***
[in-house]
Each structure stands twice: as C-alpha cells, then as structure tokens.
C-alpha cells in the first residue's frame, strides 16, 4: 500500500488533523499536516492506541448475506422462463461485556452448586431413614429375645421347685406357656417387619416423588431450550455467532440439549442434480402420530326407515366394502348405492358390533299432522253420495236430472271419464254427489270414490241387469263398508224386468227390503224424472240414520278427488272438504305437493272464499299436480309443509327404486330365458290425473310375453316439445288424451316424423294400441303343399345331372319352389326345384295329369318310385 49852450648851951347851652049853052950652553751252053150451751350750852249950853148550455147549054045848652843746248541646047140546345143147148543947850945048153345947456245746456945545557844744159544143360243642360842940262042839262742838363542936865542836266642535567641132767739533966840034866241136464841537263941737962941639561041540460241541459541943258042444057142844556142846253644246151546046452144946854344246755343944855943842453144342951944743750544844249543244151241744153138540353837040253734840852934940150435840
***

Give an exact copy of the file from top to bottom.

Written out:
[in-house]
Each structure stands twice: as C-alpha cells, then as structure tokens.
C-alpha cells in the first residue's frame, strides 16, 4: 500500500488533523499536516492506541448475506422462463461485556452448586431413614429375645421347685406357656417387619416423588431450550455467532440439549442434480402420530326407515366394502348405492358390533299432522253420495236430472271419464254427489270414490241387469263398508224386468227390503224424472240414520278427488272438504305437493272464499299436480309443509327404486330365458290425473310375453316439445288424451316424423294400441303343399345331372319352389326345384295329369318310385 49852450648851951347851652049853052950652553751252053150451751350750852249950853148550455147549054045848652843746248541646047140546345143147148543947850945048153345947456245746456945545557844744159544143360243642360842940262042839262742838363542936865542836266642535567641132767739533966840034866241136464841537263941737962941639561041540460241541459541943258042444057142844556142846253644246151546046452144946854344246755343944855943842453144342951944743750544844249543244151241744153138540353837040253734840852934940150435840